Junior brothers Yamen (left) and Mehiar Al Laban moved to SHS from Syria in the fall of 2016. As former students in the Newcomer Program, they were able to witness the benefits of the program and were able to better adapt to living in America.
Lost in Southport
Dissolution of Newcomer Program could mean lack of support for students new to US
Before coming to the U.S., junior brothers Mehiar and Yamen Al Laban lived in Syria and Jordan. The brothers say being in Syria was a scary experience as they lived there during the war. Mehiar remembers the military coming into their home looking for weapons, people riding on motorcycles through groups of people and bombings causing the brothers to take shelter. Yamen remembers the collective fear and the loss of people in his village.
After living in Syria, going to Jordan and finally making it to the U.S., Yamen says he feels safer than before, feels more respect from people around him and appreciates how well teachers work with him. According to Mehiar, the United States offers better opportunities and college is much more accessible than in Jordan.
They, along with other students, had to overcome the challenges brought on by language and cultural barriers when they first arrived to the U.S. and SHS. They did this with the help of the Newcomer Program.
“(In the U.S.), you have to learn English. And you have to because you have to talk to people or get a job,” Yamen said.
In years past, the Newcomer Program has been a resource for students to get better acclimated to the U.S. Students that took part in the program would start their first half of the day in a class together with other incoming students and were able to work at a pace that was best for them with the help of a teacher and the interpreters, according to guidance counselor Erin Shimp. For the second half of the day, students would take classes, such as gym, algebra and biology. This would be a newcomer’s schedule for the first semester at SHS. For second semester, students would move to a more traditional schedule.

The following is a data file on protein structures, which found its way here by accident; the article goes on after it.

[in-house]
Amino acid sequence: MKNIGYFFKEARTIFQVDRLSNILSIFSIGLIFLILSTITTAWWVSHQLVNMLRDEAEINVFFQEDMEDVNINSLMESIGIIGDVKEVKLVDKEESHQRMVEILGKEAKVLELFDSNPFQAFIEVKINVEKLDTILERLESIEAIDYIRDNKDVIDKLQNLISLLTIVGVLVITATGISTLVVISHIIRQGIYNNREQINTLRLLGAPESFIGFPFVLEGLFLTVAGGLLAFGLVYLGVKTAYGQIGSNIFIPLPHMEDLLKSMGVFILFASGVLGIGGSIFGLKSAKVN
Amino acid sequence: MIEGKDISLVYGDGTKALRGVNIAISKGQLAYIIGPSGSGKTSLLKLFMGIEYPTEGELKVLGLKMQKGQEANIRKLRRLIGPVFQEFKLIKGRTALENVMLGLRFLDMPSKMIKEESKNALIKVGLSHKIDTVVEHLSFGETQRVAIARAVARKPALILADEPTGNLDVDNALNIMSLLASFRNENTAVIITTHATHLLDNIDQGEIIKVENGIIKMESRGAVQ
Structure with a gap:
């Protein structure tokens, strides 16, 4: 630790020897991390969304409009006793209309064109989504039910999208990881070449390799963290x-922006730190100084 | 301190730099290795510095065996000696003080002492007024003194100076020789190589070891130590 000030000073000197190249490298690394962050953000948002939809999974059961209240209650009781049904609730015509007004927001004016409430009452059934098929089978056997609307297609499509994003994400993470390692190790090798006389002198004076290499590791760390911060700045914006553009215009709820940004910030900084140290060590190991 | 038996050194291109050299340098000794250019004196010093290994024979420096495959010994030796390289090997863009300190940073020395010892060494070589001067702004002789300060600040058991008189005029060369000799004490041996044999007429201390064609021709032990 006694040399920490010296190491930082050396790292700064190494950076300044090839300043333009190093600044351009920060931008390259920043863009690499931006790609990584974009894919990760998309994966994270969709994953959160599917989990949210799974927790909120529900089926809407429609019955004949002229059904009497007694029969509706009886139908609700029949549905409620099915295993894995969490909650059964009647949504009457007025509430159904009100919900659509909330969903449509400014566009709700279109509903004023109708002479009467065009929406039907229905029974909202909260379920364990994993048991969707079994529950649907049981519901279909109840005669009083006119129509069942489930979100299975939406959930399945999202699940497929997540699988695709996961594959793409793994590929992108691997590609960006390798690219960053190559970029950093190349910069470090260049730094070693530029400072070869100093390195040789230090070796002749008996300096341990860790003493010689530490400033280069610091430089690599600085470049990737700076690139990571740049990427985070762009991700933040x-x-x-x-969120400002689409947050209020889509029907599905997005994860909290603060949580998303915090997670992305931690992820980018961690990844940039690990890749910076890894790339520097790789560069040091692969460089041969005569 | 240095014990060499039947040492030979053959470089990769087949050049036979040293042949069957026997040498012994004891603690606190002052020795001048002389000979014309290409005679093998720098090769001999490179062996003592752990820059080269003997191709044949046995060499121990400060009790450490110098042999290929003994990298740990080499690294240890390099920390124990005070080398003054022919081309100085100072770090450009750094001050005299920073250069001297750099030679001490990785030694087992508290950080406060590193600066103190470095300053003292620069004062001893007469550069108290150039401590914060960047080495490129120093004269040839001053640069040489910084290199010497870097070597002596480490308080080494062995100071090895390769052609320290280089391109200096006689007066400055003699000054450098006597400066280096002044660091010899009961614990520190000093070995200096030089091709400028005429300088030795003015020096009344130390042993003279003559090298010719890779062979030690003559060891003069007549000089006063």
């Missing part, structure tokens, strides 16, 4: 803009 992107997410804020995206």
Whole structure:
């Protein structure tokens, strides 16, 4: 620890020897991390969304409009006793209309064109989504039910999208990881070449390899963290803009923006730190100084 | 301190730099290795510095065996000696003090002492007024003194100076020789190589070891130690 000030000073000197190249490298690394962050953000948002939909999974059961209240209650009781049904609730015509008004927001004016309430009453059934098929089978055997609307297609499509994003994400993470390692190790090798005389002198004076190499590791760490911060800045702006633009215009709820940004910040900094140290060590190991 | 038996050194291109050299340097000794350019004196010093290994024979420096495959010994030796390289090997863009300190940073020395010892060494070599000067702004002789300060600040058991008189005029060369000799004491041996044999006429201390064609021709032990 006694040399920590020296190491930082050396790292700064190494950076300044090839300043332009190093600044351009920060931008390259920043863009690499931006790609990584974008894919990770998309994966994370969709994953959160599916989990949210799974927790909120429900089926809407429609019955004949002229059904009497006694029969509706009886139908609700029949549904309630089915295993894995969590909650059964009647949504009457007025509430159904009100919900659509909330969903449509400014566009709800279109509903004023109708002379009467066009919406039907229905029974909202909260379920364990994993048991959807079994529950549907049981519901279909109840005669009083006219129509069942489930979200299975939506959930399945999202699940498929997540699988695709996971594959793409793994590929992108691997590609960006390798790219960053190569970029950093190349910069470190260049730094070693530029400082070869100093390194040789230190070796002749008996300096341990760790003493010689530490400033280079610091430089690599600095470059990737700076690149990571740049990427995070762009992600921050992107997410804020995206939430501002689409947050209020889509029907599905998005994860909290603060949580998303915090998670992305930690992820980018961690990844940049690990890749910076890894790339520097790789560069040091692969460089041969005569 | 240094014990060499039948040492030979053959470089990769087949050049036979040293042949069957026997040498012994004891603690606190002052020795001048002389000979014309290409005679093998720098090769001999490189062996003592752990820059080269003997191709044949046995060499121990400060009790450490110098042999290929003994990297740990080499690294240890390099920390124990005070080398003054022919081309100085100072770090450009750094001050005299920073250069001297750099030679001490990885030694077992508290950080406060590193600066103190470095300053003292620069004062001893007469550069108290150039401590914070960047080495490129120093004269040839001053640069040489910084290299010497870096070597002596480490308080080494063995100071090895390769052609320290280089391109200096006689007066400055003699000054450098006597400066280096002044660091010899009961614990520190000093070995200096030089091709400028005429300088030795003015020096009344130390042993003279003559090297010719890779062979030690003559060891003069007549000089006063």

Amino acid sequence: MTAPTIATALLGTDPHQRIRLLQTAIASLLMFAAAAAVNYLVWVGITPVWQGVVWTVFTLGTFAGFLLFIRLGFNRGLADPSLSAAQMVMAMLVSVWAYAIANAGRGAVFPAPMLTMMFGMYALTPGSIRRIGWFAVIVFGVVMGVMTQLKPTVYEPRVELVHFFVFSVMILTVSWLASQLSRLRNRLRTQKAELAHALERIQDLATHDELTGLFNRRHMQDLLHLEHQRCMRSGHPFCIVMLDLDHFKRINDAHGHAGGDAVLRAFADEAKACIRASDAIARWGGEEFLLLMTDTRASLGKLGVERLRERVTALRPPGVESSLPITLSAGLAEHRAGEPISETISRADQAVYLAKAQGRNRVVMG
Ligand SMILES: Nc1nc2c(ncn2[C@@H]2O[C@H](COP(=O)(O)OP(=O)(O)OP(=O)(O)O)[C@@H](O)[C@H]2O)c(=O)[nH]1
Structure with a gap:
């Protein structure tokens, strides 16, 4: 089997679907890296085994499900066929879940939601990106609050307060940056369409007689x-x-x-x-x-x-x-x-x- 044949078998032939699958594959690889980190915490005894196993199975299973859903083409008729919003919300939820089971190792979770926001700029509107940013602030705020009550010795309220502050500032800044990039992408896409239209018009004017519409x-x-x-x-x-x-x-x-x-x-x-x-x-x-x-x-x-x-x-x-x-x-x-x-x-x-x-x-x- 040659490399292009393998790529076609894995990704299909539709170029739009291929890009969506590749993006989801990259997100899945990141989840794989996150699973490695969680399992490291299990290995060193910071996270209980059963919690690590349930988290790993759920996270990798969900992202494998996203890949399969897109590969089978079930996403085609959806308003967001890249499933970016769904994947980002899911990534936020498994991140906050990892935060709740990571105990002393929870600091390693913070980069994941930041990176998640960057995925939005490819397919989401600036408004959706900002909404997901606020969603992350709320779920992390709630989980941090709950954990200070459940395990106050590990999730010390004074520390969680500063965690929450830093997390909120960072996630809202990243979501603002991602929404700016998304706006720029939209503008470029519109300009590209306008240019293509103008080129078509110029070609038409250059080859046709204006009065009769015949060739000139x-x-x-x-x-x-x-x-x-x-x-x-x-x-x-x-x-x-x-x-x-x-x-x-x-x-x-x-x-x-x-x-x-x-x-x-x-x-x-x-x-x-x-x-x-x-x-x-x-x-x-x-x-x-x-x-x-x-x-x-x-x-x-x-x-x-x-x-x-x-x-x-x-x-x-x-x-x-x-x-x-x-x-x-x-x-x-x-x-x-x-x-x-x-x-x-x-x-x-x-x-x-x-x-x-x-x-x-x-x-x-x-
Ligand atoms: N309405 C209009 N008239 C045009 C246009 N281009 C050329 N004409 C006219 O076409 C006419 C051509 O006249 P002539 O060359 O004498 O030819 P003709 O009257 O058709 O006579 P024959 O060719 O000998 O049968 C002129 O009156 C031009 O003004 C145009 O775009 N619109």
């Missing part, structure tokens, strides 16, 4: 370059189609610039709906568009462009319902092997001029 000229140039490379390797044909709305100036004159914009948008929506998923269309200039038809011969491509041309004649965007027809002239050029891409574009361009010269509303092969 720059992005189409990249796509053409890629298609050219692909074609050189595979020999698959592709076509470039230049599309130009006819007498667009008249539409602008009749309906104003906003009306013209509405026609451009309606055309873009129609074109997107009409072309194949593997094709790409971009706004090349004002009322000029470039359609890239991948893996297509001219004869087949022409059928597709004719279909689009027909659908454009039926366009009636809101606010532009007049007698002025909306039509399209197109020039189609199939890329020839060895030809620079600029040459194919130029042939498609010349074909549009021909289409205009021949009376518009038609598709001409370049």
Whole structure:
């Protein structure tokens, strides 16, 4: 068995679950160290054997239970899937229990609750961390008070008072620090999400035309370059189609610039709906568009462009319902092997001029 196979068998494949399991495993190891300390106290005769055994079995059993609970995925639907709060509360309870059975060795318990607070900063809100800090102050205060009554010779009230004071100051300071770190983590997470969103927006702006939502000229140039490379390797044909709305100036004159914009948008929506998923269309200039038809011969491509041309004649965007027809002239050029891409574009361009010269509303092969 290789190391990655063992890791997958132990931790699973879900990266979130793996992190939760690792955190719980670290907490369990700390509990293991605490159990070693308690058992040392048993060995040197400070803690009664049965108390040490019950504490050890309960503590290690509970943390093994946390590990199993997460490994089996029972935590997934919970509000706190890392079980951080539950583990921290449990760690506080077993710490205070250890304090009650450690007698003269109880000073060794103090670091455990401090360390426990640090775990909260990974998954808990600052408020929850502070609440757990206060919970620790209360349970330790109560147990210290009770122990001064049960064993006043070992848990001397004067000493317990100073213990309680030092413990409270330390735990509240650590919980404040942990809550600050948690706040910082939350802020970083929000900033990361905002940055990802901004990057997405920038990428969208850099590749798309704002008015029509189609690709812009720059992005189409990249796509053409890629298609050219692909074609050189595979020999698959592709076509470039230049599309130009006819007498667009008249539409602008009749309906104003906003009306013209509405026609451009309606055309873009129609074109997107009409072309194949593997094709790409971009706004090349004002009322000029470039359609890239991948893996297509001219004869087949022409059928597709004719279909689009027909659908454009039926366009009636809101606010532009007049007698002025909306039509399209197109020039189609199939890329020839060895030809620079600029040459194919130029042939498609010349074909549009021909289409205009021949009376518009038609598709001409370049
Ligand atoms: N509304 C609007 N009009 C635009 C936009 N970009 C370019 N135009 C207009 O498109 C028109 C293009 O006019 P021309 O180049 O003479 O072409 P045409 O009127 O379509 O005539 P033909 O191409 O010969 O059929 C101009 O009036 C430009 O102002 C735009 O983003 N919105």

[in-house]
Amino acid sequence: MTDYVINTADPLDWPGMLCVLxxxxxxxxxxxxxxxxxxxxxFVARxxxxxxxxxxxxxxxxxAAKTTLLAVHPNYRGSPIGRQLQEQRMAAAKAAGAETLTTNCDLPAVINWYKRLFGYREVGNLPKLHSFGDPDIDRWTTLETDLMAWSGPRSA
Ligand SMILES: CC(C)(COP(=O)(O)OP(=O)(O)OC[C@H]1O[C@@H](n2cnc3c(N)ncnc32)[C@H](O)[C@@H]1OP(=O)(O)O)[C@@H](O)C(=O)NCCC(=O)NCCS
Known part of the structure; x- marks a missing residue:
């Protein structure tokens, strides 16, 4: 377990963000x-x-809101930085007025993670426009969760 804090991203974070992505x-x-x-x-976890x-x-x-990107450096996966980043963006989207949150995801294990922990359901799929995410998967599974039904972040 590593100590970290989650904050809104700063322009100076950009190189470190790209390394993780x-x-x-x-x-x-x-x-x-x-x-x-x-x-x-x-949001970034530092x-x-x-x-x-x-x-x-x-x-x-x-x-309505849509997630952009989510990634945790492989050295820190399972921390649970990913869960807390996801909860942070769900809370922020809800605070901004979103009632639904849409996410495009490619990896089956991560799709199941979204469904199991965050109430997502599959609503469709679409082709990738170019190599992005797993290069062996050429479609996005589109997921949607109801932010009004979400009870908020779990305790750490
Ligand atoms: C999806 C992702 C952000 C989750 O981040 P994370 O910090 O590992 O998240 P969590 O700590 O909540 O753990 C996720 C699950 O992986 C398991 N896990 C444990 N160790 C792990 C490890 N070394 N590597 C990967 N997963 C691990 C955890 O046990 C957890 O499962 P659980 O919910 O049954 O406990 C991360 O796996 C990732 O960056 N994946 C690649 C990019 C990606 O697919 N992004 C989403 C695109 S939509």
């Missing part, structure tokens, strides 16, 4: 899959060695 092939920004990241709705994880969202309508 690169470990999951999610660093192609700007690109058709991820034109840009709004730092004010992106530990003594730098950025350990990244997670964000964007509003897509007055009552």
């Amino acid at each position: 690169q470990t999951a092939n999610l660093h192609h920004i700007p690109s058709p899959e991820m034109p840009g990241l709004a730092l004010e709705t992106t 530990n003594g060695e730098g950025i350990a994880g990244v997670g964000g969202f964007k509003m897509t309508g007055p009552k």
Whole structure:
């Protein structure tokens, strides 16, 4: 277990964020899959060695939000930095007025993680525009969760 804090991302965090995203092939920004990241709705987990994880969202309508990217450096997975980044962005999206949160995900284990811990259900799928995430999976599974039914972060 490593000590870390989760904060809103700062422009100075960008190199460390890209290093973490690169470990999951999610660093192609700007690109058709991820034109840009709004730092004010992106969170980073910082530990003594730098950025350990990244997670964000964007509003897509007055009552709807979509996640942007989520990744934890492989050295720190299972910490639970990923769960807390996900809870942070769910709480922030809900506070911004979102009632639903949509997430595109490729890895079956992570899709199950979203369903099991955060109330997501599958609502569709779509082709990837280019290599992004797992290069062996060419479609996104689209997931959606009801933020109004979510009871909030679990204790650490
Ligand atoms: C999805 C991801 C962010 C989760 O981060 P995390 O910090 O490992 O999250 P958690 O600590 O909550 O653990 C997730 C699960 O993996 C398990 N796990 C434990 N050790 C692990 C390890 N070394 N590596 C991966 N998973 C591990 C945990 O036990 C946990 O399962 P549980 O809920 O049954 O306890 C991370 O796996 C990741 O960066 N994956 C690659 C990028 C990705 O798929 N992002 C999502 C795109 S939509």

This year, however, incoming students from other countries won’t have the Newcomer Program as a resource for them. Newcomers will now have to learn about American culture and the English language through a more traditional schedule, consisting of integrated academic classes with the exception of a sheltered English class.
English Learner (EL) teacher Brianna Kompara taught students that came out of the Newcomer Program the first semester and level one and two English classes second semester. According to Kompara, the program was a good way for students to learn about American schools, how to be a good student and the English language. New incoming students aren’t getting the time to learn and discuss the school schedule, tour the building or be told about extracurricular activities, and that can be a disadvantage to students, according to Kompara.
“I feel bad for the (incoming students) because… they’re not getting what the other students had,” Kompara said.
Shimp explains that there wasn’t a need for the Newcomer Program due to the lesser amount of students SHS had enrolled in school from other countries. EL Department Chair Amy Peddie says that in years past the Newcomer Program had about 50 to 60 students enrolled, but the 2017-18 school year had only 13.